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Following the Velvet Revolution in Czechoslovakia in 1989, when the democratic movement overthrew Communism, I decided that the time was ripe for me to go back there some time - perhaps to rediscover something of my past, my early days in Ostrava and Opava. And so it was that my son, Martin, and I set off for Prague from Heathrow in August 1991. We had booked on Czechoslovak Airlines. Once settled on board their Il-62 we were confronted with air traffic delays on take off. The cabin staff opened the doors to let in some fresh air, opened the bar, and proceeded to serve good, cool, Czech beers all round. The atmosphere soon became very friendly and, somewhat to our surprise, we found the Ostrava football team on board. I was certainly beginning to feel at home.
The trip turned out very rewarding. We saw all the old places back in Ostrava, not very different from the way they had been when I left there more than 50 years earlier. The same situation prevailed at Opava. We visited one or two places I had never been to. And we finished our trip with a visit to Bratislava, where my cousin Elli, 15 years my senior (then aged 78) was living - the only survivor of the bad times. While there I took the opportunity to ask Elli to fill in details on my mother's family and to record, as far as possible, important dates. I was beginning to regret that I never took the time to do this while my parents were still alive, but that is a common complaint amongst my contemporaries. So I was now starting to fill in some of my family details.
A little later, in early 1992, my granddaughter Kerrie, then aged 10, asked me to tell her something about how my father, my mother and I, got out of Czechoslovakia after the German invasion in 1939. She was doing a project at school about those momentous days and the Second World War that followed. Sitting down to produce a brief summary of my recollections, I quickly came up with a four-page screed, which I despatched, to her on January 29th 1992.
This got me thinking that I really had a lot more I could place on record for her and, indeed, for all my family. I realised that, even if they might not be interested in all the detail at the moment, sooner or later someone might want to try and reconstruct a record of the past and where the Vogels' roots originated. In fact, as I found to my regret, I didn't really try to record all the relevant details of my parents' families until it was almost too late. Thus I am now attempting to assemble all the pieces - of the Vogels and the Slatners and the McLoughlins and the Halls and all the others around their fringes. These records are to be found in the database that is complementary and vital to this project.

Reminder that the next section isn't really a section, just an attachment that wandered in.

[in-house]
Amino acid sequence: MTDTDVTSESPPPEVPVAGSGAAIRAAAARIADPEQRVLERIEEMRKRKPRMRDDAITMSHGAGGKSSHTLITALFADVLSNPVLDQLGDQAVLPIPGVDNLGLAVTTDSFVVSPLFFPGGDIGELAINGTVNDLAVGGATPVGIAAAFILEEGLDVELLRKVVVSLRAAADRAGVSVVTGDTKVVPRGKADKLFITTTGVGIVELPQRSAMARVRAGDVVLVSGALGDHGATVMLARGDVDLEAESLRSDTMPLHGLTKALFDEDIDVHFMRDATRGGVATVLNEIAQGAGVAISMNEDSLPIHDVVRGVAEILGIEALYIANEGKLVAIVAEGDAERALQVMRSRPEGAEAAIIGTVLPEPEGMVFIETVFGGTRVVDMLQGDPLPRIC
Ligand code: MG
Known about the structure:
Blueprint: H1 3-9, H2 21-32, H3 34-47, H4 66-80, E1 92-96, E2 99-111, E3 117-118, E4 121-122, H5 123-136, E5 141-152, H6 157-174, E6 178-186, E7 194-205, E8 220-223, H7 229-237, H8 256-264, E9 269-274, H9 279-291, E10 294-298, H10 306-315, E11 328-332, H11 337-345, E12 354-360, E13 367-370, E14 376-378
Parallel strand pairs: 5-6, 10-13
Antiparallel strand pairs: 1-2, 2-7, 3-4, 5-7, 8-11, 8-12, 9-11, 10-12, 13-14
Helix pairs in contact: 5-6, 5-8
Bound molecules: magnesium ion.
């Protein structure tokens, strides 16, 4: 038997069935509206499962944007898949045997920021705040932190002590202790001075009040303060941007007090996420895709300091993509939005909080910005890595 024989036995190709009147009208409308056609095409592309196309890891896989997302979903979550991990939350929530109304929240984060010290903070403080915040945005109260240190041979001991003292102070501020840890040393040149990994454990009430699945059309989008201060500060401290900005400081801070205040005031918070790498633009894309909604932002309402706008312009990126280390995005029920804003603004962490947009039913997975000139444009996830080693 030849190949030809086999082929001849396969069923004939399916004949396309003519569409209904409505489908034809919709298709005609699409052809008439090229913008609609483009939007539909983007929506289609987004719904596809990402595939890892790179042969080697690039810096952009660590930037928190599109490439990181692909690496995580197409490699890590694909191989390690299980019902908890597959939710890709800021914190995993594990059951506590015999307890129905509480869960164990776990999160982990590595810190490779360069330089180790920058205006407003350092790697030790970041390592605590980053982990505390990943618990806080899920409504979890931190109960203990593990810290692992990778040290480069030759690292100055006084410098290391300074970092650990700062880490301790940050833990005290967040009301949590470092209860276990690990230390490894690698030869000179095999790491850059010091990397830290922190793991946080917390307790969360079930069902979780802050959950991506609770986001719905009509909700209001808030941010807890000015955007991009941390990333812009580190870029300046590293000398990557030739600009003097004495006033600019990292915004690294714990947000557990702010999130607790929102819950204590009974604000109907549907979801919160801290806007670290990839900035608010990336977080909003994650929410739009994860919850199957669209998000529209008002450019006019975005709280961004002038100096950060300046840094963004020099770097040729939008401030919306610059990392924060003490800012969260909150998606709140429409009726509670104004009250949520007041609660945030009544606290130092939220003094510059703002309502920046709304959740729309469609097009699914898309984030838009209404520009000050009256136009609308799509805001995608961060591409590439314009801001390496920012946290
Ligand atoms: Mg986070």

So here I am, four years later starting to recreate the pictures of our various family trees and to fill in the details by putting down on paper my recollections and/or understandings of how we got to where we are now. It is my intention to deal with my family background, my childhood and formative years and the lives of those closest to me and to illustrate these with family photographs of the period.
The chapters that follow are intended to be by no means an exhaustive, detailed, record of those last 60 or more years. That would be far beyond my capabilities. It is but a rather brief survey, highlighting some of the significant milestones in the overall story, which readily come to mind. It is, therefore, a distinct possibility that the story will never receive a definitive ending. I am sure, in fact, that the more I cast my mind back and put these memories down in hard print, the more memories will come flooding back on these re-readings, inviting constant updating and elaboration of what I have written. Be that as it may, I am looking forward to getting on with this project.
Ostrava: A Brief History
The Vogel Family
The Slatner Family
The Times of Peace
The Shadows of War
A Polish Interlude
A 'Transient' Refuge in England
Alfred Goes to War
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